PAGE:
ANU experts comment on Shorten's Budget reply

5 April 2019

Opposition Leader Bill Shorten has delivered his reply to the 2019 Federal Budget. 

A number of ANU experts are available to comment on the Budget reply and its implications for Australia.


Dr Liz Allen

Centre for Social Research and Methods

"The Opposition's Budget reply was one of missed opportunities. Political posturing over the last three years indicated Australia could have had the option for real policy reform regarding population wellbeing, but it's not to be."

"Investments in the economic and social conditions influencing health - from cradle to grave - would offer a bigger bang for the buck because of the greater effectiveness of prevention over cure."

"A comprehensive health approach, alongside education investments, would have helped ensure Australia's future workforce and economic sustainability."

"The Budget alternative does not offer any real improvements or solutions to an ageing population. The omission of details addressing liveability, life-long wellbeing, and population dynamics sends a clear signal Australia will need to wait longer still to have its needs met."


Mark Kenny

Australian Studies Institute

"In short, Labor's gone for vision, while the Coalition is offering accounting." 

"Bill Shorten has used his Budget reply speech to outline a bold set of ideas for Australia, setting the scene for an election offering voters starkly contrasting versions of government, the economy and society."

"The Opposition Leader has seized the initiative, just days after the Government's own scene-setter."

"Shorten's formula was heavy with connection points aimed at recently enrolled voters and the lower paid, speaking to concerns over climate change, health, housing affordability, and stagnant wages."

"The Government is sure to attack Labor's plans as wasteful, irresponsible, economy destroying and typical tax-and-spend politics."

"But there's little doubt this contest has become a real one, and a clear threat to the Morrison/Frydenberg formula."


Dr Andrew Hughes

Research School of Management

"Labor's strategy this election? Reduce the risk + increase the value = increase the vote."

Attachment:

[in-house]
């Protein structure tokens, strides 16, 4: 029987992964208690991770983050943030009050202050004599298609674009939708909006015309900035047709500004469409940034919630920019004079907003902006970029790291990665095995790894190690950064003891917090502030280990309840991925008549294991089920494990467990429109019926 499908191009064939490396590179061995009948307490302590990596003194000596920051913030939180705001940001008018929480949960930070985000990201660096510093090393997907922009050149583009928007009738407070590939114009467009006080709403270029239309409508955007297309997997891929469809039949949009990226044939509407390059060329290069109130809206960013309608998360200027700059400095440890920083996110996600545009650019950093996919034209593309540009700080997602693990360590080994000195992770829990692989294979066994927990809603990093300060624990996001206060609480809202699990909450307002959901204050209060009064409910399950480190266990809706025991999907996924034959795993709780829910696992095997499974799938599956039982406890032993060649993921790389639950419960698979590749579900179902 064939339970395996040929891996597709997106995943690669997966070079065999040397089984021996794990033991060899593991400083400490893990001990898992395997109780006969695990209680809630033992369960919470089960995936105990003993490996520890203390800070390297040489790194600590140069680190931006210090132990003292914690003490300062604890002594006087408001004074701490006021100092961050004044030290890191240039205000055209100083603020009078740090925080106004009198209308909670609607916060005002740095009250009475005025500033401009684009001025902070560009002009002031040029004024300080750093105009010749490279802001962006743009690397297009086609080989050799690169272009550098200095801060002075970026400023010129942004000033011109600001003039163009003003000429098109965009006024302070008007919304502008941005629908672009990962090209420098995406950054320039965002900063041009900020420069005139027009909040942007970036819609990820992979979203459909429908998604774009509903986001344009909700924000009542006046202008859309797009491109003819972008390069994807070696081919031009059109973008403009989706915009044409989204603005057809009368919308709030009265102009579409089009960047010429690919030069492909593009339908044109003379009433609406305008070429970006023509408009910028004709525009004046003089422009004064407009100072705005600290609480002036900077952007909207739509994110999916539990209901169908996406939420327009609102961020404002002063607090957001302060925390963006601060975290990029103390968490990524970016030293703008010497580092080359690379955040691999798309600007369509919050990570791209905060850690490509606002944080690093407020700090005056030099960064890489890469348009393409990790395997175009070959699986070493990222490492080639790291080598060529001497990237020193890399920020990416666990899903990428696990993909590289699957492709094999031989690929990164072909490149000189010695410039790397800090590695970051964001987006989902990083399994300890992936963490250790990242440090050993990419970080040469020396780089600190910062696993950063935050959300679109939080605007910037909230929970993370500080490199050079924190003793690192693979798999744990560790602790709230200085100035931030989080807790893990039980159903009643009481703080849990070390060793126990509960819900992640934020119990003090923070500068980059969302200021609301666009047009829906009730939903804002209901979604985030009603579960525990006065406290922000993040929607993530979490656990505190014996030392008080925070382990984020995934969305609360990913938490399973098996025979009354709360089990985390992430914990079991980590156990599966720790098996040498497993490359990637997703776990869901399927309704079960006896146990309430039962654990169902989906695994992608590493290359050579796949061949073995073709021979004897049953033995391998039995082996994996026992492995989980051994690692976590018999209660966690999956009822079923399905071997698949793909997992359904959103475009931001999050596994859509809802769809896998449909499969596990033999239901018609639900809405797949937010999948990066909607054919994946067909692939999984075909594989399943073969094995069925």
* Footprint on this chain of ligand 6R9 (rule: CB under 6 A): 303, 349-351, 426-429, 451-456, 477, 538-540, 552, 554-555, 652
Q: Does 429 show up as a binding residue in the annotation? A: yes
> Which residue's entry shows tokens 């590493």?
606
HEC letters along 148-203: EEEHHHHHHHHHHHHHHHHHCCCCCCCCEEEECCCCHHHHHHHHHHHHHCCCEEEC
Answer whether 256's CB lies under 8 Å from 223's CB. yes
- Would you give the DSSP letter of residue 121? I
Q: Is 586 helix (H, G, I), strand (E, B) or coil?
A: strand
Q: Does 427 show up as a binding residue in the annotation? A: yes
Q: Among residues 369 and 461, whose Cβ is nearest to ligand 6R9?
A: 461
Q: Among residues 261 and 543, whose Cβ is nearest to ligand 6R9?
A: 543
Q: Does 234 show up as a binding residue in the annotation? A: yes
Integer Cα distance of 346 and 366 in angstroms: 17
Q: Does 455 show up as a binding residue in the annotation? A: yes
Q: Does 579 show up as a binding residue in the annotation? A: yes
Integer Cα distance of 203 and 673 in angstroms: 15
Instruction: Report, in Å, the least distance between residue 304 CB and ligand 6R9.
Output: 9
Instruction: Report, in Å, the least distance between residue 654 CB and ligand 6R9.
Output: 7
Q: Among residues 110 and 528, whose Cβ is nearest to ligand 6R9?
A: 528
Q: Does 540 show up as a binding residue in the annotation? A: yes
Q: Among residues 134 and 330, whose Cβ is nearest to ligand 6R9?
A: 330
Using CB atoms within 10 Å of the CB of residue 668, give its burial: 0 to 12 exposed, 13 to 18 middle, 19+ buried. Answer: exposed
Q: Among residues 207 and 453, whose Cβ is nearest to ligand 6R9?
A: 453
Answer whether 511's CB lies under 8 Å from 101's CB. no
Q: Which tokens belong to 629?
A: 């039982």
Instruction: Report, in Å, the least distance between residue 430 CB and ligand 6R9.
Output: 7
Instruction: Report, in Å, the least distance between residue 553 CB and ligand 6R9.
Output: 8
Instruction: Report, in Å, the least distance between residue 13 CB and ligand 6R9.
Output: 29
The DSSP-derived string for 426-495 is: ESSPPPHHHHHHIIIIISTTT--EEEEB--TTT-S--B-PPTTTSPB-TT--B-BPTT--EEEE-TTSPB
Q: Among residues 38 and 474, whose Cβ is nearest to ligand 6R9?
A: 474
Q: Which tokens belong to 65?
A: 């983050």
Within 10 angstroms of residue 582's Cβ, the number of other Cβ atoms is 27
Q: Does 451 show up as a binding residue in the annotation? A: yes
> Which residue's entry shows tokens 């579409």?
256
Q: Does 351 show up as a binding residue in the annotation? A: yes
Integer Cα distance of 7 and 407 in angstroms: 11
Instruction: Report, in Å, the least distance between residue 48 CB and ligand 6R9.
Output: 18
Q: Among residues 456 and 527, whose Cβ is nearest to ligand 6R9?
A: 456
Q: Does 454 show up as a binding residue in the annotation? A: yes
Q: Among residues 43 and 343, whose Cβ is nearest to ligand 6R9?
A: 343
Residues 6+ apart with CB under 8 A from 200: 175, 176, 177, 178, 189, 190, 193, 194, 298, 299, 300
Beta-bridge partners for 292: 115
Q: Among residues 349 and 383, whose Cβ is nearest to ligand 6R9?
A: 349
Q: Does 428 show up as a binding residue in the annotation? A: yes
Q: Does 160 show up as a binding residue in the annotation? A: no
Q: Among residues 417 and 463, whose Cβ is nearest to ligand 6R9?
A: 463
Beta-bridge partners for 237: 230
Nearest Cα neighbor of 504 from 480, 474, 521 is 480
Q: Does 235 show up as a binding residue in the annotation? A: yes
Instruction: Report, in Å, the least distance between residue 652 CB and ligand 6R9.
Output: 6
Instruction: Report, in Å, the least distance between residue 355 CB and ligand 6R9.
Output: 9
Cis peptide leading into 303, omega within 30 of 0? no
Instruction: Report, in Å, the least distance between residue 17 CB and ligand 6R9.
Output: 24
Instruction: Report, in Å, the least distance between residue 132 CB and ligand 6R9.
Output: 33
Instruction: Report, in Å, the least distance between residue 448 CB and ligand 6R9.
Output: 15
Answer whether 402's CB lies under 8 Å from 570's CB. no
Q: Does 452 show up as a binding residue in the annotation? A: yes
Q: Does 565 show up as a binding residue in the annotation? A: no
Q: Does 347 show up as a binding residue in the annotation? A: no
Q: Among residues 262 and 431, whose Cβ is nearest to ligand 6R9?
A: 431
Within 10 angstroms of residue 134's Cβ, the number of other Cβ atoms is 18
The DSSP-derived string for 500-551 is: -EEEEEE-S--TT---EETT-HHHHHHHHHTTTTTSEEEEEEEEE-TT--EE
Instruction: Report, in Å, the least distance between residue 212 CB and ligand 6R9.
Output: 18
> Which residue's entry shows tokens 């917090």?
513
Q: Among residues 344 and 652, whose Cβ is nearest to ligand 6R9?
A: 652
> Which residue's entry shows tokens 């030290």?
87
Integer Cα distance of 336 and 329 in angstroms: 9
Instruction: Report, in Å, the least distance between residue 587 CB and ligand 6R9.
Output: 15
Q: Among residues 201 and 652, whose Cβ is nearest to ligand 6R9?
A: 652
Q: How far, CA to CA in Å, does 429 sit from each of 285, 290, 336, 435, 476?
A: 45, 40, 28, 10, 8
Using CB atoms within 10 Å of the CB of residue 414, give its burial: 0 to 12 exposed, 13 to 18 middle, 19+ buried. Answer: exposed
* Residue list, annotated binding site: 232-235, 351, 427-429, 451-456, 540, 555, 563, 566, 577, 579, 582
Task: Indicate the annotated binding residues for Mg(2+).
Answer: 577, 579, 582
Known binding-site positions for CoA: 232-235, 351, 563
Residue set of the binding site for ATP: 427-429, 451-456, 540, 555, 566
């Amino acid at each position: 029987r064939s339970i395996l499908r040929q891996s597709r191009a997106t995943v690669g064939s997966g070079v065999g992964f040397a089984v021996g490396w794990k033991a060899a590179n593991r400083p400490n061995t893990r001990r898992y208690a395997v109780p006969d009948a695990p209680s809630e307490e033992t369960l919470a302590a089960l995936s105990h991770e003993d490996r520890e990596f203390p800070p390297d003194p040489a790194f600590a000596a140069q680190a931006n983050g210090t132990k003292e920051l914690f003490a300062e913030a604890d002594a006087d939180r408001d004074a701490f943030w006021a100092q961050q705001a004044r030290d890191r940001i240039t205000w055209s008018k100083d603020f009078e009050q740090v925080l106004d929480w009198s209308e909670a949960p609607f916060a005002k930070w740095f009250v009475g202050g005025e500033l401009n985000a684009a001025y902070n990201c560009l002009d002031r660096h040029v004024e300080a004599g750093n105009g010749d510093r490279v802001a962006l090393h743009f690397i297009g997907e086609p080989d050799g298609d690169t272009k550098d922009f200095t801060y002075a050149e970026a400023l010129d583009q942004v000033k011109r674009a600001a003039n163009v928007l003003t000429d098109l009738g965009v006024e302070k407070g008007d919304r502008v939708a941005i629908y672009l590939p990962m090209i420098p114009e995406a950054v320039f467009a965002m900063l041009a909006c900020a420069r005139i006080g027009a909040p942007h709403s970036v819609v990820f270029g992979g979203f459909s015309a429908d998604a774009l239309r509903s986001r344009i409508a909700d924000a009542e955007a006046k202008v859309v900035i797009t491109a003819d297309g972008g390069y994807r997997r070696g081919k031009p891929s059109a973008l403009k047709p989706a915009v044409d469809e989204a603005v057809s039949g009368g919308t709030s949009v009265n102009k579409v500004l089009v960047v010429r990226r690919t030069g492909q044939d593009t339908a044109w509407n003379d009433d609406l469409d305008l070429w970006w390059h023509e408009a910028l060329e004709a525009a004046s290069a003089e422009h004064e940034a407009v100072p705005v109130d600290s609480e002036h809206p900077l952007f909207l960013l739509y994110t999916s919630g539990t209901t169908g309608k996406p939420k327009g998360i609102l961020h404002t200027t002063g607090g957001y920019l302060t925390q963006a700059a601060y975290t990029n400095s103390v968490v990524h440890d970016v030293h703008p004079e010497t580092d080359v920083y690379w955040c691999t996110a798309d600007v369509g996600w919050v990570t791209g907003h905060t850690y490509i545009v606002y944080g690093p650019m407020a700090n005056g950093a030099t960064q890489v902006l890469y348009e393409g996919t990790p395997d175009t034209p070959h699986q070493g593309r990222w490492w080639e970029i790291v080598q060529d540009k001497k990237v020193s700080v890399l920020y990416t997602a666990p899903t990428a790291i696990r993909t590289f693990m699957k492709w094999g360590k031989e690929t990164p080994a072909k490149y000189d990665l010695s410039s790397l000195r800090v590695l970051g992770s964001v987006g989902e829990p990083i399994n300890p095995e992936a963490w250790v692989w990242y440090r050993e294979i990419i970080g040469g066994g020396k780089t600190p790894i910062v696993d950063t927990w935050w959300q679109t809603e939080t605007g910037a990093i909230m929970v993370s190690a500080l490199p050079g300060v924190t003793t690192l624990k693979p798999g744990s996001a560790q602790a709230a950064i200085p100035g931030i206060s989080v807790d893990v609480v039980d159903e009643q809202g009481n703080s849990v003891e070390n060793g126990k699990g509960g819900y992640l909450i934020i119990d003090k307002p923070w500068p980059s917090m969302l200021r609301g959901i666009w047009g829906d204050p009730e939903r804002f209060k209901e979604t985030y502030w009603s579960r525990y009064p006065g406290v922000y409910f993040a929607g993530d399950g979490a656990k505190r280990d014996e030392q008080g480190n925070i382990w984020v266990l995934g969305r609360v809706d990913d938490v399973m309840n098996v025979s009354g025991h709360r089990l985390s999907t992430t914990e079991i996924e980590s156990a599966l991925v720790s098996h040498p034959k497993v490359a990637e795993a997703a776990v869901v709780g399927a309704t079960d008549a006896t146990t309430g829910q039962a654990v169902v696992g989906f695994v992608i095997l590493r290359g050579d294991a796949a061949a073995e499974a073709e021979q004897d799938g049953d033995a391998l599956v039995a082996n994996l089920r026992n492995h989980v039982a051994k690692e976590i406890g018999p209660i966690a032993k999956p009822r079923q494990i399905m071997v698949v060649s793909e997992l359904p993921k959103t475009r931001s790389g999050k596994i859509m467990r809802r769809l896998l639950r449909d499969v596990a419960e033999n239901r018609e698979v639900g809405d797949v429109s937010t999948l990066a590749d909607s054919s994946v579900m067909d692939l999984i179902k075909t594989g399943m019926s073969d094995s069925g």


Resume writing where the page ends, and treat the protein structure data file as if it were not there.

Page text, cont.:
"Labor stick to the tried and tested strategy of Liberal lite on the economy, social progression, money into front line services for health, education and welfare, and of course the good ol' class warfare to wrap it up."

"Labor stick to the conservative small target strategy in an election year, reinforced by the subtle fear/scare campaign to keep that six per cent lead in the two party-preferred poll. All they need do now is hope that the Coalition challenge that and not create their own narrative."

"With that the stage is set for election 2019, with both parties having their narratives locked in. The Coalition should be happy though as they get their wish for an election fought over, initially anyway, the economy."


Dr Gaetan Burgio

The John Curtin School of Medical Research

"Bill Shorten's $2.3 billion commitment to eliminate out of pocket expenses such as medical imaging for Cancer patients is a landmark proposition."

"This would have a profound impact on cancer care in Australia and many households and families."

"He also proposed to uncap university places indicating a return of the demand driven funding system for higher education in Australia."

"While more details on the budget bottom line need to be revealed, this is an overall ambitious Budget reply from the Opposition Leader."  


Dr Andrew Carr

Strategic and Defence Studies Centre 

"It's disappointing to see only two brief references to defence in Shorten's Budget reply speech (on the unhelpful commitment to two per cent of GDP and industry support). There were zero references by Treasurer Josh Frydenberg." 

"I get that budgets are not the place to do defence policy, but they demonstrate priorities and (lack of) attention."


Dr John Hewson

Chair, Tax and Transfer Policy Institute

"Shorten has defined his election strategy by reaching beyond economic numbers in an attempt to demonstrate empathy with key issues."

"This includes education and health which are of particular concern to a broad cross section of voters."

"The race is on."